7. . Prefibrillar amyloid aggregates could be generic toxins in higher organisms. J Neurosci. 2006 Aug 2;26(31):8160-7. PubMed.
  8. . Structural reorganisation and potential toxicity of oligomeric species formed during the assembly of amyloid fibrils. PLoS Comput Biol. 2007 Sep;3(9):1727-38. PubMed.
  9. . Rationalization of the effects of mutations on peptide and protein aggregation rates. Nature. 2003 Aug 14;424(6950):805-8. PubMed.
  10. . Prediction of "aggregation-prone" and "aggregation-susceptible" regions in proteins associated with neurodegenerative diseases. J Mol Biol. 2005 Jul 8;350(2):379-92. PubMed.
  11. . Life on the edge: a link between gene expression levels and aggregation rates of human proteins. Trends Biochem Sci. 2007 May;32(5):204-6. PubMed.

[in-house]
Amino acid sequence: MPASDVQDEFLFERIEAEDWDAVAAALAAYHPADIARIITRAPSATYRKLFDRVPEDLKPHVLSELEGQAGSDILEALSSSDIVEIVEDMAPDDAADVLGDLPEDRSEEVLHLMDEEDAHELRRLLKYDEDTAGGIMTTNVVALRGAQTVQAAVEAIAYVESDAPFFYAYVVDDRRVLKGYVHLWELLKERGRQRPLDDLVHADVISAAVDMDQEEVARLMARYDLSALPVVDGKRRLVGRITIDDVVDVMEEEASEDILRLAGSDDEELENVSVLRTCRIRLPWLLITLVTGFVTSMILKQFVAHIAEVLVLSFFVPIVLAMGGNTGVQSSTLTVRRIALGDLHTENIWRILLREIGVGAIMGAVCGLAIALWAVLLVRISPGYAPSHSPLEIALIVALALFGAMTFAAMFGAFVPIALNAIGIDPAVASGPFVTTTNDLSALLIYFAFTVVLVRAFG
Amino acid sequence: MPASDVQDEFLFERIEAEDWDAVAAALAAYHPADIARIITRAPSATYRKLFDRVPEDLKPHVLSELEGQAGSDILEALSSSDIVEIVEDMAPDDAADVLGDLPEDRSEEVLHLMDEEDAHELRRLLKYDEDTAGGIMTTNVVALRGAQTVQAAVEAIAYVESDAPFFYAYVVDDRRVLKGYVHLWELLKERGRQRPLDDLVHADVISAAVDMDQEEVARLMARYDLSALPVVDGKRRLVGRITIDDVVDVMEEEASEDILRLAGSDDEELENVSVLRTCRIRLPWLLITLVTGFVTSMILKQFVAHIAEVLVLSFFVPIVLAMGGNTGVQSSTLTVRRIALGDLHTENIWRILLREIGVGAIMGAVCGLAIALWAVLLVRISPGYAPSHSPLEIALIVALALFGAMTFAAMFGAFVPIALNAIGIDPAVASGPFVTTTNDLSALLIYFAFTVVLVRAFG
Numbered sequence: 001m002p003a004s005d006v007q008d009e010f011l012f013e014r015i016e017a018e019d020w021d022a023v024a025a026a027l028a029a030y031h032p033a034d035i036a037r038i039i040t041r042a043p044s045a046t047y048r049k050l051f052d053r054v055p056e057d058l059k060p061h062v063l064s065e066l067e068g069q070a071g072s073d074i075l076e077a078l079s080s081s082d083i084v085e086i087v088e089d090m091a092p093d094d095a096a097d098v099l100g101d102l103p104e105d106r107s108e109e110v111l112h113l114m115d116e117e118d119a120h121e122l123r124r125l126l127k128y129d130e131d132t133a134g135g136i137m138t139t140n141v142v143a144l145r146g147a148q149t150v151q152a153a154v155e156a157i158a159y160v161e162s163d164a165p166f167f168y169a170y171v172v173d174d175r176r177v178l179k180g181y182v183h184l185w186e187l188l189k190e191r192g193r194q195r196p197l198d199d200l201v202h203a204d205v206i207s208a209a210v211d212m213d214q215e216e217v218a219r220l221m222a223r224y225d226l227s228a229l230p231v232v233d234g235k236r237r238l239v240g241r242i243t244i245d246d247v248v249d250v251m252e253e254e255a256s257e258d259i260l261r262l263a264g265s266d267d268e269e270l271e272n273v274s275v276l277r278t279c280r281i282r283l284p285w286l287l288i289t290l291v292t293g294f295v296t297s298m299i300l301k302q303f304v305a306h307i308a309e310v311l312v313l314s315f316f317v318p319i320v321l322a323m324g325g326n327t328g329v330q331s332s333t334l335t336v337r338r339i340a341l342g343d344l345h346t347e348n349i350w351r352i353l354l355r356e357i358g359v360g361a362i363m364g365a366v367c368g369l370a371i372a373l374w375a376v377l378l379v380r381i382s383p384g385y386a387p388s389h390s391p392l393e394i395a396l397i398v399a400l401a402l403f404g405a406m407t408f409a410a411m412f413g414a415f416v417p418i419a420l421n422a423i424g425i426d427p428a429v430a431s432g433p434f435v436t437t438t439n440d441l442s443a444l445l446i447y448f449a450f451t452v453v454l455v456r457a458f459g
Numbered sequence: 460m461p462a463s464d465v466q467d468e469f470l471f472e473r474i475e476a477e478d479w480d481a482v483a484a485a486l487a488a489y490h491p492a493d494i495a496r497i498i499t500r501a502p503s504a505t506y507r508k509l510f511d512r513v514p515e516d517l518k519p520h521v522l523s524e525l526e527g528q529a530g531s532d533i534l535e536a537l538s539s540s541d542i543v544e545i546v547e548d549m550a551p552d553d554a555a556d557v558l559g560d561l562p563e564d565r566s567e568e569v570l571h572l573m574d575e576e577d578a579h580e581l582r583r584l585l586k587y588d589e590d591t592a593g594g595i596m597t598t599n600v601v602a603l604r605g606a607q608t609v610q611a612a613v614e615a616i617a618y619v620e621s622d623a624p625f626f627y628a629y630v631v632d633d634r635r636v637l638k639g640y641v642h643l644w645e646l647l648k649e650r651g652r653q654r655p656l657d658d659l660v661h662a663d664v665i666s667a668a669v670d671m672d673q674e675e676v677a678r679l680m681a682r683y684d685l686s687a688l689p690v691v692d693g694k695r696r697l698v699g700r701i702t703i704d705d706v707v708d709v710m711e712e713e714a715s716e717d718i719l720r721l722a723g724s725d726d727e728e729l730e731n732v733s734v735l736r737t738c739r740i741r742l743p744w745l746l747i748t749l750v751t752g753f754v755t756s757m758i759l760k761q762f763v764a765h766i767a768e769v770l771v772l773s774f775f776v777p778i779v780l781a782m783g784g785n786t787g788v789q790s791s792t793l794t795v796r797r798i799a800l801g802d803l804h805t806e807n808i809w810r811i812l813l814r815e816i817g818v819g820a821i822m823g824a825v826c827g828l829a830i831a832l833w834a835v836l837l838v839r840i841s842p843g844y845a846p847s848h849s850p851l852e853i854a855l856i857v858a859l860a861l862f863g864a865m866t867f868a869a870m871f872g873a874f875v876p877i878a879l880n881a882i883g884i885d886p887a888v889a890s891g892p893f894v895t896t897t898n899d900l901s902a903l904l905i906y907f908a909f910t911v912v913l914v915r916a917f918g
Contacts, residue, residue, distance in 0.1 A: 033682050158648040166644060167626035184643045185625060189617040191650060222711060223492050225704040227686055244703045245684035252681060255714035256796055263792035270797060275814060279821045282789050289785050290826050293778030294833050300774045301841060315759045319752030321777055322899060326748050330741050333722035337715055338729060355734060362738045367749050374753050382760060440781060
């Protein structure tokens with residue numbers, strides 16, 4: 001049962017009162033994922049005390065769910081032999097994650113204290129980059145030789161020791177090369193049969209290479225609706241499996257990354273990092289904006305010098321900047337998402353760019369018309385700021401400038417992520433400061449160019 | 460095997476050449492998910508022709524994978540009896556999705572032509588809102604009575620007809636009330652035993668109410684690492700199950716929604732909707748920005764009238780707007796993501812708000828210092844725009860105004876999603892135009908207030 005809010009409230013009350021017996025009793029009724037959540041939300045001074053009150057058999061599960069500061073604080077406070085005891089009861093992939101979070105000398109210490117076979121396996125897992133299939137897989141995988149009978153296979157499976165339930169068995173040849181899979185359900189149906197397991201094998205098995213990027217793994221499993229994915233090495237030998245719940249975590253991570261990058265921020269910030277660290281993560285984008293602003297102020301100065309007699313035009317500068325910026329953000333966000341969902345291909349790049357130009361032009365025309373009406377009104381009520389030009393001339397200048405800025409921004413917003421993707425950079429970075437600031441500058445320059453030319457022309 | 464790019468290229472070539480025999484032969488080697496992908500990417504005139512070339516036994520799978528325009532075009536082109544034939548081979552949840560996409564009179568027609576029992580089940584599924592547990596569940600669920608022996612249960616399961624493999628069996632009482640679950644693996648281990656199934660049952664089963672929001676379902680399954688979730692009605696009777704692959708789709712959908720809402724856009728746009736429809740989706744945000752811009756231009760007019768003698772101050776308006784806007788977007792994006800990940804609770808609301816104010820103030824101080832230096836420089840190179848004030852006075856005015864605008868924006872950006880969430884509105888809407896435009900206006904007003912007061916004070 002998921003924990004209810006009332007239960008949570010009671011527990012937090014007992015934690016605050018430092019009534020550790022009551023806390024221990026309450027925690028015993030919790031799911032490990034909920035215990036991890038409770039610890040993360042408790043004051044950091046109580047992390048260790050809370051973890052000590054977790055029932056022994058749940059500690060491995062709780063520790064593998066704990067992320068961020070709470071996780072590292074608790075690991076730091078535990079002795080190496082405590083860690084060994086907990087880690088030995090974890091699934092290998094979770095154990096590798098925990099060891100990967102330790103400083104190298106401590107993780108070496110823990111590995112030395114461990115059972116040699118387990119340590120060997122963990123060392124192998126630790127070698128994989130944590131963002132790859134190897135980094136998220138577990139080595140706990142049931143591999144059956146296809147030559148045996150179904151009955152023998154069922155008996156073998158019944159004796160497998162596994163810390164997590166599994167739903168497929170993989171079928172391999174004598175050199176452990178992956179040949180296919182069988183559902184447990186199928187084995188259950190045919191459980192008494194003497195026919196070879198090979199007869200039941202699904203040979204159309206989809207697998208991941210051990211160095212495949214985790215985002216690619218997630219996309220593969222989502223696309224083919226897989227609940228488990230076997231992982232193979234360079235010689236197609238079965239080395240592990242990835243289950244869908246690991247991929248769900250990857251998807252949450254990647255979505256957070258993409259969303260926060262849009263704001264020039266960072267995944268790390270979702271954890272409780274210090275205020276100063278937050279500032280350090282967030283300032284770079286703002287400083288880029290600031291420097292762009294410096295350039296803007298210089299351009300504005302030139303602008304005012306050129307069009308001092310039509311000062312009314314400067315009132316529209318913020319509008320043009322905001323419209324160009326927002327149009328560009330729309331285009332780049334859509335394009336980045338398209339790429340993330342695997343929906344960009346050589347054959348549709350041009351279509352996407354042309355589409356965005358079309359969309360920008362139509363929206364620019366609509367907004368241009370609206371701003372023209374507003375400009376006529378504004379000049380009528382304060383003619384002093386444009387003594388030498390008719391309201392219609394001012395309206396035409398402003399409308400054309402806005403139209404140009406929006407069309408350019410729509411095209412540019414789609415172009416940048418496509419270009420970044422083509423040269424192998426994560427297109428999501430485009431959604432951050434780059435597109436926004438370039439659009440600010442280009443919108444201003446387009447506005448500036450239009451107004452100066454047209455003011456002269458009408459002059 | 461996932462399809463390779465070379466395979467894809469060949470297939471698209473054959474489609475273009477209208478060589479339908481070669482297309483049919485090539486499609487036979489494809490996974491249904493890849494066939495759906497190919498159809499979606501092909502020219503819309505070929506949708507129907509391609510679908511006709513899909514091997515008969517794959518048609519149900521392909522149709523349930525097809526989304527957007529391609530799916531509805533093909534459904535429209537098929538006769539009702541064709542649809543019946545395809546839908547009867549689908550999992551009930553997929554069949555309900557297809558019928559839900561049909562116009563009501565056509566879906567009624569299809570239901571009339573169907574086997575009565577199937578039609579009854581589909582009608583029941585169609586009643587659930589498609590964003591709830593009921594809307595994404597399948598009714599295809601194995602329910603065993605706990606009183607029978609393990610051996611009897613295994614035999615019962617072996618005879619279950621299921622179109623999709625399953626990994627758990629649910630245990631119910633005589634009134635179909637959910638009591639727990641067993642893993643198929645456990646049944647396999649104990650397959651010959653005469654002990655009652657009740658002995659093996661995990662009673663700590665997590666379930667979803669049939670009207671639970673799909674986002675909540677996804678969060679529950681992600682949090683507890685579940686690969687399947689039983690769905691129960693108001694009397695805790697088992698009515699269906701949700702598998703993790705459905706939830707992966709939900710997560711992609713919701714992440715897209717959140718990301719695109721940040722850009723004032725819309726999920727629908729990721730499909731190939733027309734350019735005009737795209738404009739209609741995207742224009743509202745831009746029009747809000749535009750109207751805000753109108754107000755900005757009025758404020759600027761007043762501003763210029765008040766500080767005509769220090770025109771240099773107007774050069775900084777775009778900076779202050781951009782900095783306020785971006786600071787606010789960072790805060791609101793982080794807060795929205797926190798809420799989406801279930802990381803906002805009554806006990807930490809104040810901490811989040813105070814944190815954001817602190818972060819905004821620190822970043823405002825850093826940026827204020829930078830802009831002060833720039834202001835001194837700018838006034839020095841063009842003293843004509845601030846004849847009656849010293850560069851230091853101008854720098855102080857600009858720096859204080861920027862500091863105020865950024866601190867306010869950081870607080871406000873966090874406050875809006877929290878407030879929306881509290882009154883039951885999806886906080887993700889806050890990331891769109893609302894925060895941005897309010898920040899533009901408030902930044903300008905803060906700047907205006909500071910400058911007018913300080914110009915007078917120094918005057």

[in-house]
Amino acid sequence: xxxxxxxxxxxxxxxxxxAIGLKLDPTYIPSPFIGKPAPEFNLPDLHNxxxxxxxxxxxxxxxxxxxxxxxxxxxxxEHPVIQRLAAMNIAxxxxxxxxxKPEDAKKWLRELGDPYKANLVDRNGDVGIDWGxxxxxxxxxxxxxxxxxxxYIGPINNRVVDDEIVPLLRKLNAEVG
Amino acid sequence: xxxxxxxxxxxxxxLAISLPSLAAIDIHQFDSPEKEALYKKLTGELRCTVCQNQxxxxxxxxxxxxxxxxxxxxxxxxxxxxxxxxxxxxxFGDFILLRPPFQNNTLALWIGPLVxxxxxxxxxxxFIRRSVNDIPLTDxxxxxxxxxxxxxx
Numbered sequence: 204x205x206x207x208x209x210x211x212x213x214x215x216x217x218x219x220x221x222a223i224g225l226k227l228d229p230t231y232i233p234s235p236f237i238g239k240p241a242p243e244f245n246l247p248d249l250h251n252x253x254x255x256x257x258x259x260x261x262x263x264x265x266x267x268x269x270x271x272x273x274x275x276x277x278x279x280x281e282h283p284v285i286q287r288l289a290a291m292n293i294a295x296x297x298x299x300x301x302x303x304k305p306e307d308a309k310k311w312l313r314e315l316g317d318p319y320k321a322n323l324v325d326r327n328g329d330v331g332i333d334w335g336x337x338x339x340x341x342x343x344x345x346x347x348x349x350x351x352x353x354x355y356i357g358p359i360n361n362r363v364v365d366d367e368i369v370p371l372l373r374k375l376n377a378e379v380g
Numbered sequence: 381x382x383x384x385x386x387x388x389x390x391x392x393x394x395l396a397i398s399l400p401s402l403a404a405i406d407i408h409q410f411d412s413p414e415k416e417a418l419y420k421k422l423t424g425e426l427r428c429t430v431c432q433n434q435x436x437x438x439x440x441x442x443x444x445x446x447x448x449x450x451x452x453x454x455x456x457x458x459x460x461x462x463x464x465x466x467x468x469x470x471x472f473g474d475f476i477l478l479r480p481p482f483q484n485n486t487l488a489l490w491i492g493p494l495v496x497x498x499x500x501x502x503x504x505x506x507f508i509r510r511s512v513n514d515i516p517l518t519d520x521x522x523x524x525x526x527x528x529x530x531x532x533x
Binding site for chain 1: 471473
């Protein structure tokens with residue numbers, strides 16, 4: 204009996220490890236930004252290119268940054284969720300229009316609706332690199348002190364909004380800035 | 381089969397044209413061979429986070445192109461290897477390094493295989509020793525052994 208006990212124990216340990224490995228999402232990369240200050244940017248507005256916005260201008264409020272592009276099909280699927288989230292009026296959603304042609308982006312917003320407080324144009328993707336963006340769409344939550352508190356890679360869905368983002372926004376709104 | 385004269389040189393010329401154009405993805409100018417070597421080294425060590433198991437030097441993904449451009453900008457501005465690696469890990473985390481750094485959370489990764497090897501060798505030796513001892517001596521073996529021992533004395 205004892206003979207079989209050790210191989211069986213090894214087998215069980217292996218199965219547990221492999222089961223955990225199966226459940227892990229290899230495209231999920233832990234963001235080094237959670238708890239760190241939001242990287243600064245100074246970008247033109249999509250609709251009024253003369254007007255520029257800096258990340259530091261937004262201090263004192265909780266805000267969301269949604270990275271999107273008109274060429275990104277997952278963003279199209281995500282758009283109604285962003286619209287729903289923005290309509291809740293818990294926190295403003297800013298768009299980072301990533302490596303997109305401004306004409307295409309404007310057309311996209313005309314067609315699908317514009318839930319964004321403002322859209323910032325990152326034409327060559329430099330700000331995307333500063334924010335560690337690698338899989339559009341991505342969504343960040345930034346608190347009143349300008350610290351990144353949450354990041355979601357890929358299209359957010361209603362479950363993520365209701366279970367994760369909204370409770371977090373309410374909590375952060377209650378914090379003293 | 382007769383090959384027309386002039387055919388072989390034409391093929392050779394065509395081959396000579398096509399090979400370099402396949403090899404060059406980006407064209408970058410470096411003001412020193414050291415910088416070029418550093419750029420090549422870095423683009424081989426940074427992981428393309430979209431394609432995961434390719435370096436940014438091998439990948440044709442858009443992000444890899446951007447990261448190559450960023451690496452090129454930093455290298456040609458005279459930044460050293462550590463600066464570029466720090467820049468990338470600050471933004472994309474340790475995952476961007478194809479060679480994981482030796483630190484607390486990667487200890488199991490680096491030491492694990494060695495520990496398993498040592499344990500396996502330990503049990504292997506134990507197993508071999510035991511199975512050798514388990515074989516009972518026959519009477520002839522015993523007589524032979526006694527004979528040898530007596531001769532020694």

12. . Stress, aging, and neurodegenerative disease. N Engl J Med. 2006 Nov 23;355(21):2254-5. PubMed.
  13. . Progressive disruption of cellular protein folding in models of polyglutamine diseases. Science. 2006 Mar 10;311(5766):1471-4. PubMed.
  14. . The threshold for polyglutamine-expansion protein aggregation and cellular toxicity is dynamic and influenced by aging in Caenorhabditis elegans. Proc Natl Acad Sci U S A. 2002 Aug 6;99(16):10417-22. PubMed.
  15. . Regulation of longevity in Caenorhabditis elegans by heat shock factor and molecular chaperones. Mol Biol Cell. 2004 Feb;15(2):657-64. PubMed.
  16. . Regulation of aging and age-related disease by DAF-16 and heat-shock factor. Science. 2003 May 16;300(5622):1142-5. PubMed.
  17. . RORalpha-mediated Purkinje cell development determines disease severity in adult SCA1 mice. Cell. 2006 Nov 17;127(4):697-708. PubMed.

Other Citations

  1. protein misfolding

External Citations

  1. bortezomib